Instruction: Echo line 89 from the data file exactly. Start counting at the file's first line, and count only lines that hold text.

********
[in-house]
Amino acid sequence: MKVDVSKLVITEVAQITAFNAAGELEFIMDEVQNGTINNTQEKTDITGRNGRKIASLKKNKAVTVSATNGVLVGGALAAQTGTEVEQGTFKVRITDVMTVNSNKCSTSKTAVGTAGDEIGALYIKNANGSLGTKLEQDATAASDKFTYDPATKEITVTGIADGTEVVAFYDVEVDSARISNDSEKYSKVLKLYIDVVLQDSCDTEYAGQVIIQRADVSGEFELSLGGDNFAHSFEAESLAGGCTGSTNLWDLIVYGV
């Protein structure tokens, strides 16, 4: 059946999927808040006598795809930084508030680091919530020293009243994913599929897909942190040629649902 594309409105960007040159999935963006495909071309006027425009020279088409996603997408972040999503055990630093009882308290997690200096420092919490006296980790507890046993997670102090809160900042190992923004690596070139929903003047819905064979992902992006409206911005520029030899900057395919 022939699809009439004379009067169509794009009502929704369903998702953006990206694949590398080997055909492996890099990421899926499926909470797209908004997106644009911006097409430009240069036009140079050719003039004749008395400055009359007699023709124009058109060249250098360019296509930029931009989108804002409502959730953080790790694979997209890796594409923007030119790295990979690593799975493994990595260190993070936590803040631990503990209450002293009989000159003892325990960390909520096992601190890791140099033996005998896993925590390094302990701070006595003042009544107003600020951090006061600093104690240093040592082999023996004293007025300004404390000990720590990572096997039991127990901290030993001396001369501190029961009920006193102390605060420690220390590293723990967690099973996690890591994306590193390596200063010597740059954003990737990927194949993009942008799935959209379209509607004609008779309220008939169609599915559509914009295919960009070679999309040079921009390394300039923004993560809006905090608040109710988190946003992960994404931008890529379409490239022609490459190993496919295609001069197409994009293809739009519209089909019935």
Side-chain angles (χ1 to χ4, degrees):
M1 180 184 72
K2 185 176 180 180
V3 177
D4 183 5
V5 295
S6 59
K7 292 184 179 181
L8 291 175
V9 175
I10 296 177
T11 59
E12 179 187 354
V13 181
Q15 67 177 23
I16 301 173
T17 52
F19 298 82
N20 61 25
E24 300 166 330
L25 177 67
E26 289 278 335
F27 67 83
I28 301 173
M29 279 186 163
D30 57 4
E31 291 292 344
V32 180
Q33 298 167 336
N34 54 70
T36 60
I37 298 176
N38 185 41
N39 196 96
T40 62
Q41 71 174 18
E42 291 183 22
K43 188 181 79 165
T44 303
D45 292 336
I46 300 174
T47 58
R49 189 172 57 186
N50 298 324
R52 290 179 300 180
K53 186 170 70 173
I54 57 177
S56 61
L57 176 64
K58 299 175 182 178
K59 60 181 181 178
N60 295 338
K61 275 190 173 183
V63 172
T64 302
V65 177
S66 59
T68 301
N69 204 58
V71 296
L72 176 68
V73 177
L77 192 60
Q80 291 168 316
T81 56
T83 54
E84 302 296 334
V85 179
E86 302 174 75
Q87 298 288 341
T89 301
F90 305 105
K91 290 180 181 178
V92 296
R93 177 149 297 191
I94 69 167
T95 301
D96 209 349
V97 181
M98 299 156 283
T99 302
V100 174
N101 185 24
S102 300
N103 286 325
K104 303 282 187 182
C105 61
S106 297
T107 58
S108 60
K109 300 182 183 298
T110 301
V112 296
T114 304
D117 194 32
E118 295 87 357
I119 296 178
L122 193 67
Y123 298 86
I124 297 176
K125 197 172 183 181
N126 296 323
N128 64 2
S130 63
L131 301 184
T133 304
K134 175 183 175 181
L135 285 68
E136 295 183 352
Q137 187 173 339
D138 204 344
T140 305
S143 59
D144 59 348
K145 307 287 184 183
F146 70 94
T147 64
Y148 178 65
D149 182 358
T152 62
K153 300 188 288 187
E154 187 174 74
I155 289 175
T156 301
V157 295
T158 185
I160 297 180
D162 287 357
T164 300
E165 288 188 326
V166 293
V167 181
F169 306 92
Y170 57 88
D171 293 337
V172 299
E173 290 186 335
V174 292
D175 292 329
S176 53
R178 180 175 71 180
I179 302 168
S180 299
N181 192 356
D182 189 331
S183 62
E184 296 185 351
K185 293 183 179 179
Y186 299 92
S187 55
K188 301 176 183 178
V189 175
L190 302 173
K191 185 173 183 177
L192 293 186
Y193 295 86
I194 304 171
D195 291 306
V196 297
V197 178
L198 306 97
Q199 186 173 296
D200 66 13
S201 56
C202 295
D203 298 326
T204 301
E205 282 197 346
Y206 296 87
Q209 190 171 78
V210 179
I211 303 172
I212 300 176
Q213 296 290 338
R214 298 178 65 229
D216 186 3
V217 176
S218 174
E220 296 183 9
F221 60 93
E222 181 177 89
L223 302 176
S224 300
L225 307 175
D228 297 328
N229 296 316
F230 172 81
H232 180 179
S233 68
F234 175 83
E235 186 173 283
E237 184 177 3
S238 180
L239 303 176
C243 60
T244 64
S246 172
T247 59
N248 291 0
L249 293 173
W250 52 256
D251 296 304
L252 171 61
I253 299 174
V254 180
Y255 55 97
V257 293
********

K104 303 282 187 182